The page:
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Kyphosis Vertebral Augmentation (Kyphoplasty) Surgical Options

It is important for patients to understand there are no quick fixes for pain. Those who have back or neck pain can become out of shape, gaining weight in areas that affect the neck and spine. A spine doctor and spine therapist may want you to make your back stronger, more flexible and more resistant to future injury. (and more here about surgery but make it quick)


Vertebral Augmentation (Kyphoplasty) Kyphoplasty is a type of Vertebral Augmentation for Compression Fractures. A kyphoplasty is a surgical procedure designed to treat a compression fracture of the spine and stabilize a vertebral bone, resulting in back to normal spinal stability and stopping the pain caused by the fracture. Kyphoplasty surgery is performed under local or general anesthesia and typically takes 45-60 minutes for each fractured vertebra. The surgery consists of a small incision made in the back and a narrow tube is inserted toward the facture site guided in real time by fluoroscopy. A specialized small balloon is inserted into the vertebrae and very carefully inflated which moves the factured bone pieces back into their normal resting position. The balloon is then removed and a hard cement-like material called polymethylmethacrylate (PMMA) is filled into the cavity, which hardens and gives strength and structure back to that individual vertebrae. Patients will be observed in the recovery room immediately following the procedure and may spend one day in the hospital. You should arrange for transportation home from the hospital and should not drive until given permission by your physician.

Flatback Correction

What is Flatback Syndrome A healthy spine has a natural spinal curve that requires minimum energy to stand or walk. When the spinal curve has been removed, the result is a condition called “Flatback Syndrome.” Some of the symptoms of Flatback Syndrome include having trouble maintaining one’s posture, low back pain and upper leg pain. Since the person has trouble maintaining proper alignment, the symptoms can increase throughout the day causing extreme pain and fatigue. Patients might also have upper back and neck pain due to constantly trying to realign themselves. With some people, the pain symptoms can result in dependency on painkilling drugs. Flatback Syndrome was originally used to describe Harrington Rods recipients who had scoliosis correction during the 1960s up to 1990. The early technology used during this period involved using metal rods that were straight and were unable to mimic the natural curve of the lower back. This in turn caused the spine to flatten out. This unnatural spinal curve in turn would cause discs to herniate resulting in more pain symptoms. Since that time, scoliosis research has produced far more advanced spinal instrumentation that untwists the scoliotic spine and achieves a more natural correction with the proper spinal curve. Other conditions that may cause flatback syndrome include having a collapsed vertebrae. Arthritis can also contribute to flatback syndrome and cause inflammations in the spine, which may cause pain and stiffness. Most patients with flatback syndrome will complain of pain while standing upright. If the doctor determines you might have flatback syndrome, he or she will order a full-length X-ray of the spine. An MRI or CT scan might also be taken to help the doctor better understand the health of the spine and discs.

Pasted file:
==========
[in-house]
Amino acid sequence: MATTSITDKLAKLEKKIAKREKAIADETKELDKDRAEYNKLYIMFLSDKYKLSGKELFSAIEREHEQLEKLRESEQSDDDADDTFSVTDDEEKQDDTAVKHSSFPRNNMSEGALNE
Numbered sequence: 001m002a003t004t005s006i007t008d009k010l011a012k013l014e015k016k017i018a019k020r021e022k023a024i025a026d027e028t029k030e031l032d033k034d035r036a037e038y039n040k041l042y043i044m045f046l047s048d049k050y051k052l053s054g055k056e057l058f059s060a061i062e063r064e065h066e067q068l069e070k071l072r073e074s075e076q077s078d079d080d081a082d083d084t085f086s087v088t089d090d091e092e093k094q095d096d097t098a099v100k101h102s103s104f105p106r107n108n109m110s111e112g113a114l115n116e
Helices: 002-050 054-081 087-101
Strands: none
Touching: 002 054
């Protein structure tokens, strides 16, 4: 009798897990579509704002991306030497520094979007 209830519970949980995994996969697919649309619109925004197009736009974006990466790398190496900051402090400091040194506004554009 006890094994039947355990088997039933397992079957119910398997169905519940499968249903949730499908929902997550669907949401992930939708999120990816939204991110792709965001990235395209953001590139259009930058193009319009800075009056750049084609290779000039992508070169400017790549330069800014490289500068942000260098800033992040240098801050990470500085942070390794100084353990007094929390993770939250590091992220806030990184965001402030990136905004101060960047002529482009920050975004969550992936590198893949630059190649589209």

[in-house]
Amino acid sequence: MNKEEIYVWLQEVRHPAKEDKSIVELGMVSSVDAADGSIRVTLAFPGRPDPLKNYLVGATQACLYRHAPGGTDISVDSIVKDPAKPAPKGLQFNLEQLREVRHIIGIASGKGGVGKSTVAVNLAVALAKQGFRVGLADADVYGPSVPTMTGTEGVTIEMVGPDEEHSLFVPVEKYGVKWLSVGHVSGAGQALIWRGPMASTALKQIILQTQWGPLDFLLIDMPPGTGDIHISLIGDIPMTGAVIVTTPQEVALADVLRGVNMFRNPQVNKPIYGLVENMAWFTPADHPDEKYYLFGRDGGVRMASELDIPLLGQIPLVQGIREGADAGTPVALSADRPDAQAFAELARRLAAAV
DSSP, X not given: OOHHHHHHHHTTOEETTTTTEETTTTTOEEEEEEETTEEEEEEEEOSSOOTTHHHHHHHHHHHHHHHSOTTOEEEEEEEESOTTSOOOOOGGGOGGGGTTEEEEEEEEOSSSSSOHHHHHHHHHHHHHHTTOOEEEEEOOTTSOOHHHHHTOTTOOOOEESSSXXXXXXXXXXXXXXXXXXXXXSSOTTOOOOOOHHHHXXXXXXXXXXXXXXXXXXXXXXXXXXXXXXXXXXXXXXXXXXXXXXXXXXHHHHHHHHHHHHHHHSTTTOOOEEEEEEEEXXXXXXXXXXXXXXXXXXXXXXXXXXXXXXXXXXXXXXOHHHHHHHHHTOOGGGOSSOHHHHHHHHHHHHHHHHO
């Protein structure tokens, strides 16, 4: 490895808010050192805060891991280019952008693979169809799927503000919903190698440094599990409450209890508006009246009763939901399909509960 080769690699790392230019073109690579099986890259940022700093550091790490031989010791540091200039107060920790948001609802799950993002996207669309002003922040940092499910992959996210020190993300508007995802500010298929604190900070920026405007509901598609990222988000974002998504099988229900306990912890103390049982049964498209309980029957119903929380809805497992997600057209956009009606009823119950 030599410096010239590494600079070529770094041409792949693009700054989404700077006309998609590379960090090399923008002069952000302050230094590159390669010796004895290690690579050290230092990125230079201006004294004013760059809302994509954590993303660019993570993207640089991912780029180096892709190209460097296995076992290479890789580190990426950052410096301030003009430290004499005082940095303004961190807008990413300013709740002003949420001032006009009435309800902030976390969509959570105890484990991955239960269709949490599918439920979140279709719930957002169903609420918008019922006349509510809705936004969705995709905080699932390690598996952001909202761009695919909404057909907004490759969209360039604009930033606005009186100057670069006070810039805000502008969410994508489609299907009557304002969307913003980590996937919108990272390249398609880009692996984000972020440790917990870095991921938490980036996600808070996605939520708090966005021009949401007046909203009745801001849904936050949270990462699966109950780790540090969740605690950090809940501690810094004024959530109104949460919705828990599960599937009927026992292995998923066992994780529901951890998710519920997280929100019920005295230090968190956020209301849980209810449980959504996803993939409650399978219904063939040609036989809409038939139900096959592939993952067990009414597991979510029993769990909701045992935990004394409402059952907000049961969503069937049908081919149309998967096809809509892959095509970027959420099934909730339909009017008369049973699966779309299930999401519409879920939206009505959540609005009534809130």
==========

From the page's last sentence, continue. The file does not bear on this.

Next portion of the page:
Surgery to correct flatback syndrome Patients diagnosed with Flatback Syndrome will initially be treated with an individualized physical therapy program and anti-inflammatory medication. If all non-surgical options have become exhausted, then surgery will be performed to remove the Harrington Rods, treat the herniated discs and to address other pain symptoms. During flatback surgery, an incision is made in the back so the surgeon can access the vertebrae and install the necessary instrumentation, rods, hooks and screws. In some cases an anterior incision may be made to access the front of the spine. Flatback surgery is based on a two-rod instrumentation system with hooks that attach to each vertebral level, to de-rotate and straighten the abnormal curve. The instruments are left inside the body attached to the spine even after the spinal fusions heal to provide additional support. After the surgery, the patient’s spine will appear much straighter. The surgical procedure may require a five-day hospital stay. Even after leaving the hospital, the patient will limit movement to allow the spine and incisions to heal. After three months most patients can begin to return to most normal activities with the exception of any contact sports, or sports like skiing that could result in a fall or trauma. Because the spine and spinal cord is being repositioned during surgery, paralysis is a real risk involved. Consequently, the patient should seek out a very experienced surgeon.

Dr. Rachid Assina MD, RPh, FAANS,

Prime Neuro Spine Institute

115 Horseneck Road. Suite 3.

Montville NJ 07045


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